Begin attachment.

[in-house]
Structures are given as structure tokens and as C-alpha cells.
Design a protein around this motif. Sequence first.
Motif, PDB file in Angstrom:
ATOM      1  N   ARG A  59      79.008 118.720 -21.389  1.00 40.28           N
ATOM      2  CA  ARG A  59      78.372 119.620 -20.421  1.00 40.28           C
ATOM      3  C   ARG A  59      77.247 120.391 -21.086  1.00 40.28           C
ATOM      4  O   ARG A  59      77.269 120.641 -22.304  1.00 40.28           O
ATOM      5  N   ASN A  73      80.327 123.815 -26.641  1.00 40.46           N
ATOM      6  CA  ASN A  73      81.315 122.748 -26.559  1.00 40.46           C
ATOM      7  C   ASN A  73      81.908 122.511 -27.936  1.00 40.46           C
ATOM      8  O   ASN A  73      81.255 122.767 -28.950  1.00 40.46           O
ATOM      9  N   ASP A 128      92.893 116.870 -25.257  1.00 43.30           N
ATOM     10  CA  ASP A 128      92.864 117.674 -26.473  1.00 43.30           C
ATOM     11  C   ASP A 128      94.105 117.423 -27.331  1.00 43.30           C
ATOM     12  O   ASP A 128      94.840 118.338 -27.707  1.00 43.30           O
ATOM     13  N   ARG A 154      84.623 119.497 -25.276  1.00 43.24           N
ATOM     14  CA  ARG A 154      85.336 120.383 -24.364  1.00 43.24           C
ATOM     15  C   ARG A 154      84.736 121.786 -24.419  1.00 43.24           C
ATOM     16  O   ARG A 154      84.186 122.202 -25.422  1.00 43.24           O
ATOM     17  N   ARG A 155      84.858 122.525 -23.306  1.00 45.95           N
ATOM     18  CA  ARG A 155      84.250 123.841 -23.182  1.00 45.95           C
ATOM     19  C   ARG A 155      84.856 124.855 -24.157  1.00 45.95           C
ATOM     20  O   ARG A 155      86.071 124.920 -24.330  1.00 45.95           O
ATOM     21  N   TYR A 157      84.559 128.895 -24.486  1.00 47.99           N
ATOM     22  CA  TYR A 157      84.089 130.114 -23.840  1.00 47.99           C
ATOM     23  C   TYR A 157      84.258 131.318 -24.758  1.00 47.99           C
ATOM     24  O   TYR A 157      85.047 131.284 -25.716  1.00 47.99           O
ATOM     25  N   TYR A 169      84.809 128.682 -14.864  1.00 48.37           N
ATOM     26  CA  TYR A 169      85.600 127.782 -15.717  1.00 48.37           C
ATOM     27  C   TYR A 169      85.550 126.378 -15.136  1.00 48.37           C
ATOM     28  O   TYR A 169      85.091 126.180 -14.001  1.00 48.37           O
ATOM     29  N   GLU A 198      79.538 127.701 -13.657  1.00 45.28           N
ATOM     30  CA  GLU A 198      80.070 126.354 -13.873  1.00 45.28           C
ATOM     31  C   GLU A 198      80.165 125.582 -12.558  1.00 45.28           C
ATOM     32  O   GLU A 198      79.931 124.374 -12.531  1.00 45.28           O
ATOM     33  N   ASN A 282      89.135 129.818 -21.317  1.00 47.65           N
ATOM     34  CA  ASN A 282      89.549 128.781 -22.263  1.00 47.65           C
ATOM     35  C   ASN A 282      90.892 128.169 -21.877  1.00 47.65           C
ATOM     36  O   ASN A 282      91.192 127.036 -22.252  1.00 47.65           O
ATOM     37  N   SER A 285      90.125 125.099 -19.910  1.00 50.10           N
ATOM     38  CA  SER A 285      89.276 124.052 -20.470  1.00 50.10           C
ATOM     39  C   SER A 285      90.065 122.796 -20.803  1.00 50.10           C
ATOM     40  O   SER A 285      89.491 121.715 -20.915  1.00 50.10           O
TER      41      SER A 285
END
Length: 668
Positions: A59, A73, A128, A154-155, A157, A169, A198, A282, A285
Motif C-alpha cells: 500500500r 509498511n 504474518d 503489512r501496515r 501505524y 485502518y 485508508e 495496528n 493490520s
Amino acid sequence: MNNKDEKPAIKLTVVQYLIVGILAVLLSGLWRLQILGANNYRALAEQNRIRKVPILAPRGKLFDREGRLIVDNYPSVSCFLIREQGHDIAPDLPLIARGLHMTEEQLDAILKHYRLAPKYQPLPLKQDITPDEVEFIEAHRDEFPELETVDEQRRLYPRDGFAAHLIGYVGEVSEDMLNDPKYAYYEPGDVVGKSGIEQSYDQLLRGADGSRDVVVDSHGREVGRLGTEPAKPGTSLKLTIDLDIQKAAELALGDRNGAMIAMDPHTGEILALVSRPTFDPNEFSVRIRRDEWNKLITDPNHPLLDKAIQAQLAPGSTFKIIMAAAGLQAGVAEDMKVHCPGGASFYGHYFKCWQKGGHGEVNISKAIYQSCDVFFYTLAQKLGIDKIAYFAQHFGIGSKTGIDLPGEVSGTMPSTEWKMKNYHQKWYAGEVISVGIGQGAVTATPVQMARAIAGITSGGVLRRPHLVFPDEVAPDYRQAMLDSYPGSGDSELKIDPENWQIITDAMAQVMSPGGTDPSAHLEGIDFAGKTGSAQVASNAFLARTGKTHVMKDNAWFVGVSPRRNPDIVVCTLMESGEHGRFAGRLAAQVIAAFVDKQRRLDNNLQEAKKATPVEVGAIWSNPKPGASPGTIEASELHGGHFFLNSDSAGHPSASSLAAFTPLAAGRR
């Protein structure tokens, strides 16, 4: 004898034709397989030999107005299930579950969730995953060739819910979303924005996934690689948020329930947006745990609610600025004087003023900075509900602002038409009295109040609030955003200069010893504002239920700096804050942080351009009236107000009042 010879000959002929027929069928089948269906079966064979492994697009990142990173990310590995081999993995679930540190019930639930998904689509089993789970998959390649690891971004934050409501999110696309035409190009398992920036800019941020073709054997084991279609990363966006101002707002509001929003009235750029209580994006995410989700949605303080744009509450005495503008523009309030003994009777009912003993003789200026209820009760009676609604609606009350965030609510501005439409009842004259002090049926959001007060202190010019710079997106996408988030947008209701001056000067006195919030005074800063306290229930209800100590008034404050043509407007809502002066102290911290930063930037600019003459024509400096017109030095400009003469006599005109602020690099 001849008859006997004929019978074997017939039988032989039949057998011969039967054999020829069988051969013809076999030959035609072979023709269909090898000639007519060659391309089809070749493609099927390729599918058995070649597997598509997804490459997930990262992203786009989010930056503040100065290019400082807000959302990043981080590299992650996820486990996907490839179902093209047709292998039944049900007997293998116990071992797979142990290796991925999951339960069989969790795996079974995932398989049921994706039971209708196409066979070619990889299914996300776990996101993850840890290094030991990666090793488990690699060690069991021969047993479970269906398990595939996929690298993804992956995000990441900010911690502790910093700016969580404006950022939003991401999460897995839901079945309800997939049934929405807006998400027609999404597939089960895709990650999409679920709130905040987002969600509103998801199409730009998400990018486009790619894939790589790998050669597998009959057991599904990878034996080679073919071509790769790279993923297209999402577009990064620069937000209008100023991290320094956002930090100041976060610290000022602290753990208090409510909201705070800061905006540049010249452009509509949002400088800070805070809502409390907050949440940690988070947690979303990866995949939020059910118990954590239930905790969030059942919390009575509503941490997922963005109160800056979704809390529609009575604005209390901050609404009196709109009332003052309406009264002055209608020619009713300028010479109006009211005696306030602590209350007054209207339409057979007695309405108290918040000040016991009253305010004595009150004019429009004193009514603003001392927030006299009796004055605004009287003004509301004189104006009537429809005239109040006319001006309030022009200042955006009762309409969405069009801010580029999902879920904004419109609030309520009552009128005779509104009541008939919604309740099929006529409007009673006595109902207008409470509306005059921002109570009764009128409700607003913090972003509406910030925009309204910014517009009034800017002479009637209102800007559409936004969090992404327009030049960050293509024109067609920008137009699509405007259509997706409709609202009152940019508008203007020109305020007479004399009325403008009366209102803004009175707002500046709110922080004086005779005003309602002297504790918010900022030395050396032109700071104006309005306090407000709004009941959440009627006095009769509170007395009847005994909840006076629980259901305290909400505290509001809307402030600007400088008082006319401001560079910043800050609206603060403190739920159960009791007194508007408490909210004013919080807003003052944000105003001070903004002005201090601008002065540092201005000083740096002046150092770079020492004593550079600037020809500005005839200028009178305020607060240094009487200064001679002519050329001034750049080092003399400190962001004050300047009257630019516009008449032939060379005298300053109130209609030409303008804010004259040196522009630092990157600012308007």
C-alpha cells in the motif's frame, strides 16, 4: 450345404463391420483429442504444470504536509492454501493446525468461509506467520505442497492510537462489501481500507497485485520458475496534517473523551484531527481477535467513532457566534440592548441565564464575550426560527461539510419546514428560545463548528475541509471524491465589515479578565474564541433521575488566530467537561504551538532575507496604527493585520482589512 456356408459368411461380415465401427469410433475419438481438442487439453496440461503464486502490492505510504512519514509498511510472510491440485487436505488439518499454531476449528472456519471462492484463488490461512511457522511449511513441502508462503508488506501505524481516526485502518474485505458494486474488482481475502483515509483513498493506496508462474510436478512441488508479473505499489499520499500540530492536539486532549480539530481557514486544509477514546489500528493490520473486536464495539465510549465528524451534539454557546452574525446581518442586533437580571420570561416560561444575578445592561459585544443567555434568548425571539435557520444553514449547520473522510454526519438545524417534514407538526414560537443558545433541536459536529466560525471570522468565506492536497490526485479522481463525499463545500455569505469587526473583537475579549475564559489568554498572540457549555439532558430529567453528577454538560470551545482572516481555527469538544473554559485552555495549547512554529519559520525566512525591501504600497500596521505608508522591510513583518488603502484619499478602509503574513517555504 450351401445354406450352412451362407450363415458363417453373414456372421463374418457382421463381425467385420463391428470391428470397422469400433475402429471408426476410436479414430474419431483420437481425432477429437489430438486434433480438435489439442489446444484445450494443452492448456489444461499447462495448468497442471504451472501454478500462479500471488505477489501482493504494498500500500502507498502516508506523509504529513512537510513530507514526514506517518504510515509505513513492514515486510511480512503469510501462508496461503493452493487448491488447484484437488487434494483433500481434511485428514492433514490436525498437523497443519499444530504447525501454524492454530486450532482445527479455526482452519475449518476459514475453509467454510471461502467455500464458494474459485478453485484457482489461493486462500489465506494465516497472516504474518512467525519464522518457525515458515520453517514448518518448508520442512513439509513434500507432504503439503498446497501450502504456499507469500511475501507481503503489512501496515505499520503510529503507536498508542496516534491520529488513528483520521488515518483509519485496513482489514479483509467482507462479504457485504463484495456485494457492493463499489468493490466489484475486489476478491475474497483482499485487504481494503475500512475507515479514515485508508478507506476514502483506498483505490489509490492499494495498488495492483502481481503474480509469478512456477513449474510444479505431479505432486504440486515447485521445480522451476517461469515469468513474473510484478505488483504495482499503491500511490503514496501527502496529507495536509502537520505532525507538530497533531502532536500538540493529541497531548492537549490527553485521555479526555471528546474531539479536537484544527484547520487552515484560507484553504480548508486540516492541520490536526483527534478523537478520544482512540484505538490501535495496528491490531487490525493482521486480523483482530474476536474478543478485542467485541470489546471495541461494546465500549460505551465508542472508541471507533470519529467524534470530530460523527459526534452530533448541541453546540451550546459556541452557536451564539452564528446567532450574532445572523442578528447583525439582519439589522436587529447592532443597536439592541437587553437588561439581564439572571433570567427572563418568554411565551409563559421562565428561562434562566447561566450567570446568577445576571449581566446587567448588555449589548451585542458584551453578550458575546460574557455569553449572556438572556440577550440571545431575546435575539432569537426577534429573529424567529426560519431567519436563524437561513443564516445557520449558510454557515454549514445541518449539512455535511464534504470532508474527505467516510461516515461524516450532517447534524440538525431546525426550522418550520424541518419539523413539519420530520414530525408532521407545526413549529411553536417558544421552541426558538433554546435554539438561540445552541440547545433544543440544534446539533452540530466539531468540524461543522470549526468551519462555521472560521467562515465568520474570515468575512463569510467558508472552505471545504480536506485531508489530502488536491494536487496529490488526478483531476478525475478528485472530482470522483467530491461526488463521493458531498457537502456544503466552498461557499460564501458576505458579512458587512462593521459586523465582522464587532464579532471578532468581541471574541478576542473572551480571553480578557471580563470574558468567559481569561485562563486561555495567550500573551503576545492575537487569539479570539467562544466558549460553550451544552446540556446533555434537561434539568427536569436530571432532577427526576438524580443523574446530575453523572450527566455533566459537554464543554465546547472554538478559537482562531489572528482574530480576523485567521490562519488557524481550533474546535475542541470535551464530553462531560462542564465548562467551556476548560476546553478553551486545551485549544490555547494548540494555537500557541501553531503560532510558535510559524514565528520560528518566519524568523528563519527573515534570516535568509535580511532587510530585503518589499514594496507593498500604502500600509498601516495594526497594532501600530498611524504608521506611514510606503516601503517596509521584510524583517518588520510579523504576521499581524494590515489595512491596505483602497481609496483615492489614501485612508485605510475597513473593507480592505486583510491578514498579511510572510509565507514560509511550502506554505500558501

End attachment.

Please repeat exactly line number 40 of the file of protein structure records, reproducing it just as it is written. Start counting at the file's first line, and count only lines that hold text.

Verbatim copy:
ATOM     36  O   ASN A 282      91.192 127.036 -22.252  1.00 47.65           O